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mum's plea Family of Irish-born soldier gone missing in the US ask public to help find their son

Family and friends of a missing US soldier who was brought up in Longford will gather in a park in El Paso Texas this weekend to release red balloons in a bid to raise awareness of their plight. 

Private Richard Halliday (21), who is originally from Drumroe in Ardagh, disappeared from the barracks in Fort Bliss where he served in the US Army. The last time he spoke to his mother was on July 23, 2020.

It was only after 36 days, when his parents hadn’t heard from him, that Rob, his father, called the unit and was told his son had gone AWOL and was by that time regarded as a deserter.

When Richard’s parents discovered that his unit wasn’t even searching for him they decided to go to El Paso to get more information.

“We were told our son was no longer there, that he was a deserter,” Richard’s mother Patricia said.

“By then, it was day 36. So much time had passed. So much time wasted.”

At a press conference held by the US Army Criminal Investigation Command (CID) in February, officials said they still had no answers in the disappearance of the Fort Bliss Army private, despite more than 500 man hours devoted to search efforts.

“We still don’t know what happened and we still don’t have our son,” Patricia said at the time. “All I know is you just can’t disappear from the barracks without someone knowing. Someone knows something and all we want is for them to come forward.”


Patricia and Robert adopted Richard from Poland when he was just five years old. They were stationed in Germany until Robert retired from the military. But the family continued to live abroad in Germany and in Ireland for most of Richard’s life.

They bought a cottage at Drumroe and were very involved in the Ardagh and Longford community where they lived for over ten years, through the church, girl guides and karate.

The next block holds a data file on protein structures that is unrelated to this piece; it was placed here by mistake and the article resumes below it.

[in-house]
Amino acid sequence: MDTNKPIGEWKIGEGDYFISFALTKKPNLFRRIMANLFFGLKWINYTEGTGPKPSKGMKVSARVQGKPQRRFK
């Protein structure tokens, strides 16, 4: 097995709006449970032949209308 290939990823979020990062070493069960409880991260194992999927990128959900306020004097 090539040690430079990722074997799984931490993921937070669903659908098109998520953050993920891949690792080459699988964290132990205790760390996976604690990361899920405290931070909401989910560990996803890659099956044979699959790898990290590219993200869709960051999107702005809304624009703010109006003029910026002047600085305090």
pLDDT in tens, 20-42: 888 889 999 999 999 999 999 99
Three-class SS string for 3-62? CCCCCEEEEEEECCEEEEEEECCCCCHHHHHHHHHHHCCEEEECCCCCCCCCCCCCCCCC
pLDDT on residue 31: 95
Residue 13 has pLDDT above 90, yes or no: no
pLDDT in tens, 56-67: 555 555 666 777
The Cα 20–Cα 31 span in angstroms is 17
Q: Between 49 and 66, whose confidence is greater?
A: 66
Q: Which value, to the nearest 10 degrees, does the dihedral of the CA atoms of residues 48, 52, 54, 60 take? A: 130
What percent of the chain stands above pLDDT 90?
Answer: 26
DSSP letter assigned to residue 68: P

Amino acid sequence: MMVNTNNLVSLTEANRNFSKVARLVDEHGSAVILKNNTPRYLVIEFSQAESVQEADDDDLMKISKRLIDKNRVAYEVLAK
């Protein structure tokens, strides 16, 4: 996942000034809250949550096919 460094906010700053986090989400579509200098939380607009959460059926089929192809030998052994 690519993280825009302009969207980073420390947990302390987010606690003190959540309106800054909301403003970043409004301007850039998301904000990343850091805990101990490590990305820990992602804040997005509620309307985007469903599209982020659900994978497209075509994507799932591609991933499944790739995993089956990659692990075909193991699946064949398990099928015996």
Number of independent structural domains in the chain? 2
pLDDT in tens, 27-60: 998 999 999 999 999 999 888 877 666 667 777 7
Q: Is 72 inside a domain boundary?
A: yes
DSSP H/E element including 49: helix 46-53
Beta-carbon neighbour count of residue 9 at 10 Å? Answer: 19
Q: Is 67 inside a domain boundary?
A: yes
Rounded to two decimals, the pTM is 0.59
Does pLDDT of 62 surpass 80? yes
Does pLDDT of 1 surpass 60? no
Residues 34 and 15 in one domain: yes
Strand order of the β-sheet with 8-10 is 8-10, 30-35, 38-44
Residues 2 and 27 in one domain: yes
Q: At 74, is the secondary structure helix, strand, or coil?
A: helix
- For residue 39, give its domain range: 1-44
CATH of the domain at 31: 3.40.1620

When Richard, the youngest of the four children, completed his Leaving Cert, he decided to visit his oldest sister, Hannah, who was by now married and living in Seoul, South Korea.

It is from there that he decided to join the US Army as a volunteer.

Being the son and grandson of military veterans, Richard was determined to join the Army and pay his way through college.

But six months before he disappeared, Richard began to talk about wanting to get out of the Army and said that he was having issues with army leadership.

“The first 14 months, he did really well,” Patricia said. “But then something happened and he seemed different. But he didn’t want to confide in us. We encouraged him to finish.”

After Richard’s disappearance, officials followed multiple tips and leads, but none led them to Richard. There was no indication of foul play or any specific suspicious circumstances surrounding his disappearance after CID officials conducted an in-depth forensic search of his barracks room.

Richard’s family has created their own tip hotline and the Facebook page “Find Richard Halliday” in the hope of collecting information that could lead to their son. Patricia goes “live” on the page nearly every day with updates about Richard’s case or to make a plea for any new tips.

“We just want to find our son,” Patricia pleaded. “Any bit of information might be what finally leads us to him.”

As part of their campaign they will be releasing red balloons on Saturday.

“Richard's favorite color is red,” his mother writes. “We hope to color the sky red as a Red Alert, and to not only raise awareness for our First US Army officially designated missing soldier, but also to shine the light of awareness on all missing loved ones.”

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